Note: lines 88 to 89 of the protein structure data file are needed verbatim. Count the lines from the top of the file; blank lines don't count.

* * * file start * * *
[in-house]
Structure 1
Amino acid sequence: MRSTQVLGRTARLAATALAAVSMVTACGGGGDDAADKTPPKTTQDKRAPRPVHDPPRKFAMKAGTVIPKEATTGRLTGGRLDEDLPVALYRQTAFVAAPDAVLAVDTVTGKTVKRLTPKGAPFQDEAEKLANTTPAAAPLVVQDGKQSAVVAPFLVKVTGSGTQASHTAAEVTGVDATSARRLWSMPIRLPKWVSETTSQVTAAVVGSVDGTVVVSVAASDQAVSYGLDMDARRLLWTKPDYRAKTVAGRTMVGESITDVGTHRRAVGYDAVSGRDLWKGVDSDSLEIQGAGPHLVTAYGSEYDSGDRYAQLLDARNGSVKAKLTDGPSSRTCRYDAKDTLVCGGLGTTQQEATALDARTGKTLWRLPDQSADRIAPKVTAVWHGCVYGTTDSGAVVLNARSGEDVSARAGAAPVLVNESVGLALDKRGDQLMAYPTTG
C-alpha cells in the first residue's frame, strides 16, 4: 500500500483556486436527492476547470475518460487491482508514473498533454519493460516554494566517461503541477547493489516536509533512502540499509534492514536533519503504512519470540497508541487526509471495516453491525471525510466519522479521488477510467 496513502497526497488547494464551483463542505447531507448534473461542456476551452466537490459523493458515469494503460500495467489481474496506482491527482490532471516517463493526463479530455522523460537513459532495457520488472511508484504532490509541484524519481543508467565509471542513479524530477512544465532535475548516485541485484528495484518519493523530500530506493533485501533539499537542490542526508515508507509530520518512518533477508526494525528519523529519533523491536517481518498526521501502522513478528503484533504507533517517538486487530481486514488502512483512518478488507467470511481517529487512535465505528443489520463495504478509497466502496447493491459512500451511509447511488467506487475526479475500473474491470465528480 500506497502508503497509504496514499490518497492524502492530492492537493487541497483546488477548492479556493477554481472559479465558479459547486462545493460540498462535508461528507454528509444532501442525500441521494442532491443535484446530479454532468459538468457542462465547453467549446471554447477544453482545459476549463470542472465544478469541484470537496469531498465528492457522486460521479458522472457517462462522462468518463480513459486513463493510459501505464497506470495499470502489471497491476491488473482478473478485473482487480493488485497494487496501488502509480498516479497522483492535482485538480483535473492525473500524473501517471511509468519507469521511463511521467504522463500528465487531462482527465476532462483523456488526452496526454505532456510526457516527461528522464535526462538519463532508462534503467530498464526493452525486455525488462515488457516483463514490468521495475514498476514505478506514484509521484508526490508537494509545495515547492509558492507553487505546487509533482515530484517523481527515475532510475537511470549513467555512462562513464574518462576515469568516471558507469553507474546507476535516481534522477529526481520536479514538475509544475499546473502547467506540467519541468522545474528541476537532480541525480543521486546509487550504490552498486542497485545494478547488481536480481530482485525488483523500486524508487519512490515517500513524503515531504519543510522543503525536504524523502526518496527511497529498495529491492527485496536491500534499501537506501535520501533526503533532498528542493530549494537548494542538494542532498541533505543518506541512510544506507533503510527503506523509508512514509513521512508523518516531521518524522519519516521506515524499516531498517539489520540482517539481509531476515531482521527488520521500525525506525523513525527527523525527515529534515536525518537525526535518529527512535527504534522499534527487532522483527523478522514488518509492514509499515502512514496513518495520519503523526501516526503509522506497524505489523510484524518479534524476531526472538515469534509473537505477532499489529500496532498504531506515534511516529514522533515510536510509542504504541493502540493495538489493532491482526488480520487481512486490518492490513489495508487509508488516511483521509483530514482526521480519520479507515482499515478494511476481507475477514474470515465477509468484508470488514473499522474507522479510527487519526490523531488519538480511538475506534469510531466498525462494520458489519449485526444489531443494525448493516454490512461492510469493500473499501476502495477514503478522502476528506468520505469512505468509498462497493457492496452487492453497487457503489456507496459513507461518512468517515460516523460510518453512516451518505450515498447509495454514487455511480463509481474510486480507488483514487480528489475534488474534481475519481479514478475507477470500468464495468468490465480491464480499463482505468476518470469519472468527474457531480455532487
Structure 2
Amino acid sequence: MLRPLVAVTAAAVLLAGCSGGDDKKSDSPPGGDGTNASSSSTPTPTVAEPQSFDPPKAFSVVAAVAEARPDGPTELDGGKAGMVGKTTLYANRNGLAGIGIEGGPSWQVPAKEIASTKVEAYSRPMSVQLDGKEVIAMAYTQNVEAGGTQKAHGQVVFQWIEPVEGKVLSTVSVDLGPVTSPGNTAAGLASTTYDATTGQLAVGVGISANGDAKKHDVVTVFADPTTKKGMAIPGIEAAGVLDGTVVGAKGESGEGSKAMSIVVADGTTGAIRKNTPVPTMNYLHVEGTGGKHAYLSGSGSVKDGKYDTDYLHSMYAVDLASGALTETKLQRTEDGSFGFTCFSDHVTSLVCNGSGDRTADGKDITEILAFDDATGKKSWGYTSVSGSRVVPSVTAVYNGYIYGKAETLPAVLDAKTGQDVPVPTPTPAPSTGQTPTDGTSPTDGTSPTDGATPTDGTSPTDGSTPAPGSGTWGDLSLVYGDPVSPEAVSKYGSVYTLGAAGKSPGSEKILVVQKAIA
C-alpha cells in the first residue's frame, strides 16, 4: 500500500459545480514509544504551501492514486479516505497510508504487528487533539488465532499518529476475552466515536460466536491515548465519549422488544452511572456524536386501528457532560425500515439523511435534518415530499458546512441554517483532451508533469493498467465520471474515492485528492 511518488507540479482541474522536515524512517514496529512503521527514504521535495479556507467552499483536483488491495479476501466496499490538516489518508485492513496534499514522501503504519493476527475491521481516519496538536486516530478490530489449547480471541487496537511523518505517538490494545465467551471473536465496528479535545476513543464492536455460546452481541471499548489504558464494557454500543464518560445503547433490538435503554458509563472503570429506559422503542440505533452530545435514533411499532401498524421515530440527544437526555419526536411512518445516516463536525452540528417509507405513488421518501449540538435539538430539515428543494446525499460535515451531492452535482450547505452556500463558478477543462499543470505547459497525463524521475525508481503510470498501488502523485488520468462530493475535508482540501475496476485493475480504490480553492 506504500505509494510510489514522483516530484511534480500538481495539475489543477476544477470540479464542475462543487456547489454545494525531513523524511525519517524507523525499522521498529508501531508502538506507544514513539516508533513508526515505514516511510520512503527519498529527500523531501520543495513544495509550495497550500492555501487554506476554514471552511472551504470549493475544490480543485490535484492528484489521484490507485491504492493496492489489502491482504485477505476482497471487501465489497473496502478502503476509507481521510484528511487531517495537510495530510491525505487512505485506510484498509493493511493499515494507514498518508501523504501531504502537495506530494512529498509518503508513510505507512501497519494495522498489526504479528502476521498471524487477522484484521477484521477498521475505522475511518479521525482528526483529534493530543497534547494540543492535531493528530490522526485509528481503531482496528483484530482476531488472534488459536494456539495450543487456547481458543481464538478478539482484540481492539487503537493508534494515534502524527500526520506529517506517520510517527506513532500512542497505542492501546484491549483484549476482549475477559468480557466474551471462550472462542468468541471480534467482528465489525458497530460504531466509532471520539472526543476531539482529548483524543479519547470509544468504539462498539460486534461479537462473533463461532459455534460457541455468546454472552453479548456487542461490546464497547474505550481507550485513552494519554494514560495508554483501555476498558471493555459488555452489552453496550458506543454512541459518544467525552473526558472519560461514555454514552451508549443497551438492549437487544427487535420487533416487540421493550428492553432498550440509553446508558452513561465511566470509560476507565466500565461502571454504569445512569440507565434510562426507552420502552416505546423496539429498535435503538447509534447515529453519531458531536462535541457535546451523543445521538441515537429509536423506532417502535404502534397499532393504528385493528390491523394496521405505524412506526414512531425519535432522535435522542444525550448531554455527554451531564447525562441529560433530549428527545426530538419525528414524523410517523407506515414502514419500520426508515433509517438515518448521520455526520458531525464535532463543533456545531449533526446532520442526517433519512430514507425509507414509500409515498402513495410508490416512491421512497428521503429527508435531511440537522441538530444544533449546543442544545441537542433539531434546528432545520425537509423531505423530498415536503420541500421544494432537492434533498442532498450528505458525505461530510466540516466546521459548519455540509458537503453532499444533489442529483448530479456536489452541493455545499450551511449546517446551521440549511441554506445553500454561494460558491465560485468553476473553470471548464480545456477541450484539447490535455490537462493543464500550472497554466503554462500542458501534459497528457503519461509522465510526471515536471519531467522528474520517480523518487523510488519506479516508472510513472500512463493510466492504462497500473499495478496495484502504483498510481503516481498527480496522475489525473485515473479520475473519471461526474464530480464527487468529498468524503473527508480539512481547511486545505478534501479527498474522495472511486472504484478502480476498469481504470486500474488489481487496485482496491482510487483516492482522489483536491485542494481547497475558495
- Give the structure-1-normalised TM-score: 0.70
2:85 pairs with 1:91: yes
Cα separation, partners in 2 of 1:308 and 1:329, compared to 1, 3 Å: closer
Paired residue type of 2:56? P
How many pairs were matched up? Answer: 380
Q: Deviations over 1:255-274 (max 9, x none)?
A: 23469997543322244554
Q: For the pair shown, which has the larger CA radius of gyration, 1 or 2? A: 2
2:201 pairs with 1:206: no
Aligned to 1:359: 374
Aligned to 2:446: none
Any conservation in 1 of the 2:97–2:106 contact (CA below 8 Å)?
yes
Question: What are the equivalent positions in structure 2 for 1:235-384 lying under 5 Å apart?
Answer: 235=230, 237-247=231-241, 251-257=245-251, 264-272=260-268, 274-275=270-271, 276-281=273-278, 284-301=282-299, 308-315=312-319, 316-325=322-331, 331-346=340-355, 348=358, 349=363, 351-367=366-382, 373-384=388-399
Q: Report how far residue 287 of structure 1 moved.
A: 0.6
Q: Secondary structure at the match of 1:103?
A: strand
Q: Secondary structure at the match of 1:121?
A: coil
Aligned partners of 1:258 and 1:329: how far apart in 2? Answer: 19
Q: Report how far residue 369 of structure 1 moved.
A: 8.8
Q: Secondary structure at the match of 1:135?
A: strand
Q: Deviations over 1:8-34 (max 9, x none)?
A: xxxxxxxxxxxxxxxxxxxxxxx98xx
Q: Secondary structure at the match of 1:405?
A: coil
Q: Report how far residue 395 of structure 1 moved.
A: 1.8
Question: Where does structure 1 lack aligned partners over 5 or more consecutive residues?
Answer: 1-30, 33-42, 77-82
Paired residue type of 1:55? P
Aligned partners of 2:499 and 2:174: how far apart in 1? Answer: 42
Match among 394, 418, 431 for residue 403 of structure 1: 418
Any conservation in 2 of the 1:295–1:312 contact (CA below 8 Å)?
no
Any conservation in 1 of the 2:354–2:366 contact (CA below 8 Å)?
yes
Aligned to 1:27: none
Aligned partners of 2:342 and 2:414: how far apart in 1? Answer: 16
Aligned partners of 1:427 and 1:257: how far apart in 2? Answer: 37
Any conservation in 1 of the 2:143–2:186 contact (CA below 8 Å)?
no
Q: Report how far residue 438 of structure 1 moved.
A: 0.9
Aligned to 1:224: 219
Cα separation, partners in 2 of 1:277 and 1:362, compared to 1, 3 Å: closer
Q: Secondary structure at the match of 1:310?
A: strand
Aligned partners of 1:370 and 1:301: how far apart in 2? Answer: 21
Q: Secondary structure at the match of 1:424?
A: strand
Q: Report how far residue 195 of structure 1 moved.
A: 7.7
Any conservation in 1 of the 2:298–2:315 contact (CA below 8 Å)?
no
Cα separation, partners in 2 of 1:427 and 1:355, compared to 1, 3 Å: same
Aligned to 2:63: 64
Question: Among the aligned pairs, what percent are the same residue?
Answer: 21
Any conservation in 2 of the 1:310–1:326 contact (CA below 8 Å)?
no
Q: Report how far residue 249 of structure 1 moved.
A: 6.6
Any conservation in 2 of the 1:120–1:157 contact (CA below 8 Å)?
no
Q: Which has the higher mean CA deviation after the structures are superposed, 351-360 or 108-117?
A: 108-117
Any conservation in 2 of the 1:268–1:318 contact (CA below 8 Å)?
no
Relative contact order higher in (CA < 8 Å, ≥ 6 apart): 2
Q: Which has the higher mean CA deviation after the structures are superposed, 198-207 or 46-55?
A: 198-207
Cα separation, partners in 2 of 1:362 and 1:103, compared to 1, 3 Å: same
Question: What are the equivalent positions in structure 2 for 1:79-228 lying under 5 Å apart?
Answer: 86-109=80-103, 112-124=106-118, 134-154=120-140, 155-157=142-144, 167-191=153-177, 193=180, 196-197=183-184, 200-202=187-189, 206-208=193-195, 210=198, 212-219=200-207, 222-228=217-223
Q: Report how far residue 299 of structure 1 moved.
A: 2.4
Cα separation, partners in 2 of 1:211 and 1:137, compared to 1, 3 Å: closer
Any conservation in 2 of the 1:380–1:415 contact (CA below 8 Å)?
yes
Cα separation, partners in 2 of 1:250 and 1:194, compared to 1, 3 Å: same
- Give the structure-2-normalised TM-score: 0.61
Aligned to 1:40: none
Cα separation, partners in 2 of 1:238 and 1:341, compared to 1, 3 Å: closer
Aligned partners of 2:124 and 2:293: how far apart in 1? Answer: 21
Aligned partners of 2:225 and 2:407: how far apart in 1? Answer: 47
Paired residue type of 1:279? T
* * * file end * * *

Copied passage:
A: 2.4
Cα separation, partners in 2 of 1:211 and 1:137, compared to 1, 3 Å: closer